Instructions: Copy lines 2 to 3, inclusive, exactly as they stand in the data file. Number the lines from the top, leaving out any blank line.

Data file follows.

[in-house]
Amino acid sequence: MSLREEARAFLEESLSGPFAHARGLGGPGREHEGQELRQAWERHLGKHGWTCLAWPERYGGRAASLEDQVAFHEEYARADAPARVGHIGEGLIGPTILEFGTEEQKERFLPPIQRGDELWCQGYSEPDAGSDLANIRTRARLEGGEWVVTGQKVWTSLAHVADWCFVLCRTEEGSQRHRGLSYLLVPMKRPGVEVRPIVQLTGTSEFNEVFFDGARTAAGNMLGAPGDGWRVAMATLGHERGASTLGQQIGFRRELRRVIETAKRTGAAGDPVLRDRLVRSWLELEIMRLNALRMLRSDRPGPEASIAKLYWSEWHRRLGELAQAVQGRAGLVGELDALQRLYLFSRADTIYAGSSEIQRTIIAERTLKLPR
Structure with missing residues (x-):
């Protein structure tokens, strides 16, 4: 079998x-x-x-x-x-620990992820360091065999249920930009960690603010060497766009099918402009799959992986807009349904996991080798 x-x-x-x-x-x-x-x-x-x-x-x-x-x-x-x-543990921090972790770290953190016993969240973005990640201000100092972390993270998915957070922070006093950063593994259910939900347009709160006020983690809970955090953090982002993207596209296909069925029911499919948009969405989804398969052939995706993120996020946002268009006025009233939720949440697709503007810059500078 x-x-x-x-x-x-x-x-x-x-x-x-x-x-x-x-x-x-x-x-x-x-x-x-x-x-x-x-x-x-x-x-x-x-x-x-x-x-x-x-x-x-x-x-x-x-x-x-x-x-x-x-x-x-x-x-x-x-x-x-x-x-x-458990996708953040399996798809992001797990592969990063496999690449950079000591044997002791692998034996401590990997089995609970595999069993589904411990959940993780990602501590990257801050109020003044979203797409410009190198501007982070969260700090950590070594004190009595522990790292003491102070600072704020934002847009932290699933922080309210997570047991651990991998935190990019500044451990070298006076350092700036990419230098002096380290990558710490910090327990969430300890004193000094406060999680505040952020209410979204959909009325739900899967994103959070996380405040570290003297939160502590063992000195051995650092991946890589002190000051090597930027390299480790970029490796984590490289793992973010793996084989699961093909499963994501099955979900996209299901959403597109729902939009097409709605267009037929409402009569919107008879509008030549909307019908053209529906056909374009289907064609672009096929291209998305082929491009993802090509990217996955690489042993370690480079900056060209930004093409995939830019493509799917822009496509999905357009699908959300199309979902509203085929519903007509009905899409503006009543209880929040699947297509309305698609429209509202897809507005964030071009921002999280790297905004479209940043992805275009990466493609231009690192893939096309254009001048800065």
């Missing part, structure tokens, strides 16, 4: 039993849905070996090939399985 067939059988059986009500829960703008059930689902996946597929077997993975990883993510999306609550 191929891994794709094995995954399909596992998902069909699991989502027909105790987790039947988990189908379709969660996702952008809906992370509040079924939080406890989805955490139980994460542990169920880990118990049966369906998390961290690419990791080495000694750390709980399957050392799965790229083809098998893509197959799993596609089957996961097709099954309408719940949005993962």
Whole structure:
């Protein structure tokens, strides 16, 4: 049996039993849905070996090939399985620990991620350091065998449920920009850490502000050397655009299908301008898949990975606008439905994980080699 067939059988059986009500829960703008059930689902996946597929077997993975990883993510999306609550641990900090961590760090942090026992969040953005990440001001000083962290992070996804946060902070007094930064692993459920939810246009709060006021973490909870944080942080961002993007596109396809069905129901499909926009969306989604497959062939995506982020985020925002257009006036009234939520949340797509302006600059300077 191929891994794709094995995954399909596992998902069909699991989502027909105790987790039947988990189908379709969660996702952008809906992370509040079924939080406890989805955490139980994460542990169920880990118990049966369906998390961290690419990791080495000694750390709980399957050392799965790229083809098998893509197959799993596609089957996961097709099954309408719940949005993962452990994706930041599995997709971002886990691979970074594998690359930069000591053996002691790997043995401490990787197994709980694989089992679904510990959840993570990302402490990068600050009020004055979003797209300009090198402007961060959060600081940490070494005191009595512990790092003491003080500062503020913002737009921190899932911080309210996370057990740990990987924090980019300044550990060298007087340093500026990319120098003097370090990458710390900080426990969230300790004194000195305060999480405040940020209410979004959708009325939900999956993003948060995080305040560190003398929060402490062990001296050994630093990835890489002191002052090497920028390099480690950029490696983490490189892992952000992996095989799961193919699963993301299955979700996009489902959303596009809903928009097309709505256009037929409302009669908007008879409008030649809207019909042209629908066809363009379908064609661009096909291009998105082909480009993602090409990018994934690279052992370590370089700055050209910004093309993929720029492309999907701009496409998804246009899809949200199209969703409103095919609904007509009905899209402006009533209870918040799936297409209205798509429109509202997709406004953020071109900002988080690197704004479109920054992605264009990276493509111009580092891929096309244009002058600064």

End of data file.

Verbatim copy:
Amino acid sequence: MSLREEARAFLEESLSGPFAHARGLGGPGREHEGQELRQAWERHLGKHGWTCLAWPERYGGRAASLEDQVAFHEEYARADAPARVGHIGEGLIGPTILEFGTEEQKERFLPPIQRGDELWCQGYSEPDAGSDLANIRTRARLEGGEWVVTGQKVWTSLAHVADWCFVLCRTEEGSQRHRGLSYLLVPMKRPGVEVRPIVQLTGTSEFNEVFFDGARTAAGNMLGAPGDGWRVAMATLGHERGASTLGQQIGFRRELRRVIETAKRTGAAGDPVLRDRLVRSWLELEIMRLNALRMLRSDRPGPEASIAKLYWSEWHRRLGELAQAVQGRAGLVGELDALQRLYLFSRADTIYAGSSEIQRTIIAERTLKLPR
Structure with missing residues (x-):